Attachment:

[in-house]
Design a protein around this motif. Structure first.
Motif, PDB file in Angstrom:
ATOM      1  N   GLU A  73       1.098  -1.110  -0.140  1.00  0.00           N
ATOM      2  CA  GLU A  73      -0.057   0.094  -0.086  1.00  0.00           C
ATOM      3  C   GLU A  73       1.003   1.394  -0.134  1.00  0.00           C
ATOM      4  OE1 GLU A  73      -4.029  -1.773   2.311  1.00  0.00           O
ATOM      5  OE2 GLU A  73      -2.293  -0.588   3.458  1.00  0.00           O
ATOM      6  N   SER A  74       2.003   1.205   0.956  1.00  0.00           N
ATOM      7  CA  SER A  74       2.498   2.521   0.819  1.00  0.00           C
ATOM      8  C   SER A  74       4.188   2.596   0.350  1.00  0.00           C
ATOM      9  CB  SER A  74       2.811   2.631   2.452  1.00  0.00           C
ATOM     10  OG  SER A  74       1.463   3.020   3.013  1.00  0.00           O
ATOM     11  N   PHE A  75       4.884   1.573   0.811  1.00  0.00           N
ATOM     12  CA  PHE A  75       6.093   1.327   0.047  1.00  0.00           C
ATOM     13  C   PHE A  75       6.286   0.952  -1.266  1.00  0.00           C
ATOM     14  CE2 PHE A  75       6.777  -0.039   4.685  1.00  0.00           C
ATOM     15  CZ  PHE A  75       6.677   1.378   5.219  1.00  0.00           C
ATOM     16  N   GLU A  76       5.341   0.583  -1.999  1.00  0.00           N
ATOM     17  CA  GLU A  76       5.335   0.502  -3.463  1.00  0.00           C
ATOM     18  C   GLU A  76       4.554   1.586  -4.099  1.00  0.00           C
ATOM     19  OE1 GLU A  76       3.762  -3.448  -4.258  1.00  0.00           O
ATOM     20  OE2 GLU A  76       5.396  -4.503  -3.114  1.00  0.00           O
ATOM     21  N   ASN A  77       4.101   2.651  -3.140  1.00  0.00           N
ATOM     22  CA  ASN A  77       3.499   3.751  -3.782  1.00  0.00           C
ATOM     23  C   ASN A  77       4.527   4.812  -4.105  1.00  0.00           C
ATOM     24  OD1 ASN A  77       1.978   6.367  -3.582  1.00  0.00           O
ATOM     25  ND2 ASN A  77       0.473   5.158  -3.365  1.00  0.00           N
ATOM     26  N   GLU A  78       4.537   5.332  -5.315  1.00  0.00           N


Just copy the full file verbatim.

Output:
[in-house]
Design a protein around this motif. Structure first.
Motif, PDB file in Angstrom:
ATOM      1  N   GLU A  73       1.098  -1.110  -0.140  1.00  0.00           N
ATOM      2  CA  GLU A  73      -0.057   0.094  -0.086  1.00  0.00           C
ATOM      3  C   GLU A  73       1.003   1.394  -0.134  1.00  0.00           C
ATOM      4  OE1 GLU A  73      -4.029  -1.773   2.311  1.00  0.00           O
ATOM      5  OE2 GLU A  73      -2.293  -0.588   3.458  1.00  0.00           O
ATOM      6  N   SER A  74       2.003   1.205   0.956  1.00  0.00           N
ATOM      7  CA  SER A  74       2.498   2.521   0.819  1.00  0.00           C
ATOM      8  C   SER A  74       4.188   2.596   0.350  1.00  0.00           C
ATOM      9  CB  SER A  74       2.811   2.631   2.452  1.00  0.00           C
ATOM     10  OG  SER A  74       1.463   3.020   3.013  1.00  0.00           O
ATOM     11  N   PHE A  75       4.884   1.573   0.811  1.00  0.00           N
ATOM     12  CA  PHE A  75       6.093   1.327   0.047  1.00  0.00           C
ATOM     13  C   PHE A  75       6.286   0.952  -1.266  1.00  0.00           C
ATOM     14  CE2 PHE A  75       6.777  -0.039   4.685  1.00  0.00           C
ATOM     15  CZ  PHE A  75       6.677   1.378   5.219  1.00  0.00           C
ATOM     16  N   GLU A  76       5.341   0.583  -1.999  1.00  0.00           N
ATOM     17  CA  GLU A  76       5.335   0.502  -3.463  1.00  0.00           C
ATOM     18  C   GLU A  76       4.554   1.586  -4.099  1.00  0.00           C
ATOM     19  OE1 GLU A  76       3.762  -3.448  -4.258  1.00  0.00           O
ATOM     20  OE2 GLU A  76       5.396  -4.503  -3.114  1.00  0.00           O
ATOM     21  N   ASN A  77       4.101   2.651  -3.140  1.00  0.00           N
ATOM     22  CA  ASN A  77       3.499   3.751  -3.782  1.00  0.00           C
ATOM     23  C   ASN A  77       4.527   4.812  -4.105  1.00  0.00           C
ATOM     24  OD1 ASN A  77       1.978   6.367  -3.582  1.00  0.00           O
ATOM     25  ND2 ASN A  77       0.473   5.158  -3.365  1.00  0.00           N
ATOM     26  N   GLU A  78       4.537   5.332  -5.315  1.00  0.00           N